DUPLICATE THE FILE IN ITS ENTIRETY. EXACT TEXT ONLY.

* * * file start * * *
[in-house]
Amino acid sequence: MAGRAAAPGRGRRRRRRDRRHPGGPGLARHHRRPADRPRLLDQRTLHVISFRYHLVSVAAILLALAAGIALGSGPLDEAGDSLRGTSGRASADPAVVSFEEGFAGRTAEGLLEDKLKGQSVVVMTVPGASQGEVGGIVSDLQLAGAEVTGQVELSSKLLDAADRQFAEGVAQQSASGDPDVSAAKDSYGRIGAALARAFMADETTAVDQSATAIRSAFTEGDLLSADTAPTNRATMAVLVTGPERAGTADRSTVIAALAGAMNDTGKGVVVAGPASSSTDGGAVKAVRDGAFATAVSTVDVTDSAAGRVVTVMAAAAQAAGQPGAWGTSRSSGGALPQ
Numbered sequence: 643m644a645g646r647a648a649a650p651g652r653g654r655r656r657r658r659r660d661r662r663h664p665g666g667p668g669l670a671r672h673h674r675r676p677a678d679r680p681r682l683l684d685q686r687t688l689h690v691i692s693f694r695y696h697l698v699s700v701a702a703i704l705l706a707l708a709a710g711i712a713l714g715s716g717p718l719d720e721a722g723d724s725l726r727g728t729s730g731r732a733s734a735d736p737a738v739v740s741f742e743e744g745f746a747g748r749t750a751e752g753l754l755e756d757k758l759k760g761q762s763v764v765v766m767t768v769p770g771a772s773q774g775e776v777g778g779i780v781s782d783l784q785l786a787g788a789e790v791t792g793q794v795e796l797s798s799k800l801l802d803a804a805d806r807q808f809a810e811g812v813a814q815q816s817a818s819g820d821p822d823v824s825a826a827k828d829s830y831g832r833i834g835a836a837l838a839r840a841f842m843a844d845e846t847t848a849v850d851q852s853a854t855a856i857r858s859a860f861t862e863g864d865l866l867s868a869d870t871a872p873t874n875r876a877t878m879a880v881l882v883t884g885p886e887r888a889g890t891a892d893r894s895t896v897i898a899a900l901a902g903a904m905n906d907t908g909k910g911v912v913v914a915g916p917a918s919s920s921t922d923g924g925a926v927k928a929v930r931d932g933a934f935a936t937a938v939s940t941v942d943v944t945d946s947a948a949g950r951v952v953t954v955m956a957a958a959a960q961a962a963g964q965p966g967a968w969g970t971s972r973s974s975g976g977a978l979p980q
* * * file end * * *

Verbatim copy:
[in-house]
Amino acid sequence: MAGRAAAPGRGRRRRRRDRRHPGGPGLARHHRRPADRPRLLDQRTLHVISFRYHLVSVAAILLALAAGIALGSGPLDEAGDSLRGTSGRASADPAVVSFEEGFAGRTAEGLLEDKLKGQSVVVMTVPGASQGEVGGIVSDLQLAGAEVTGQVELSSKLLDAADRQFAEGVAQQSASGDPDVSAAKDSYGRIGAALARAFMADETTAVDQSATAIRSAFTEGDLLSADTAPTNRATMAVLVTGPERAGTADRSTVIAALAGAMNDTGKGVVVAGPASSSTDGGAVKAVRDGAFATAVSTVDVTDSAAGRVVTVMAAAAQAAGQPGAWGTSRSSGGALPQ
Numbered sequence: 643m644a645g646r647a648a649a650p651g652r653g654r655r656r657r658r659r660d661r662r663h664p665g666g667p668g669l670a671r672h673h674r675r676p677a678d679r680p681r682l683l684d685q686r687t688l689h690v691i692s693f694r695y696h697l698v699s700v701a702a703i704l705l706a707l708a709a710g711i712a713l714g715s716g717p718l719d720e721a722g723d724s725l726r727g728t729s730g731r732a733s734a735d736p737a738v739v740s741f742e743e744g745f746a747g748r749t750a751e752g753l754l755e756d757k758l759k760g761q762s763v764v765v766m767t768v769p770g771a772s773q774g775e776v777g778g779i780v781s782d783l784q785l786a787g788a789e790v791t792g793q794v795e796l797s798s799k800l801l802d803a804a805d806r807q808f809a810e811g812v813a814q815q816s817a818s819g820d821p822d823v824s825a826a827k828d829s830y831g832r833i834g835a836a837l838a839r840a841f842m843a844d845e846t847t848a849v850d851q852s853a854t855a856i857r858s859a860f861t862e863g864d865l866l867s868a869d870t871a872p873t874n875r876a877t878m879a880v881l882v883t884g885p886e887r888a889g890t891a892d893r894s895t896v897i898a899a900l901a902g903a904m905n906d907t908g909k910g911v912v913v914a915g916p917a918s919s920s921t922d923g924g925a926v927k928a929v930r931d932g933a934f935a936t937a938v939s940t941v942d943v944t945d946s947a948a949g950r951v952v953t954v955m956a957a958a959a960q961a962a963g964q965p966g967a968w969g970t971s972r973s974s975g976g977a978l979p980q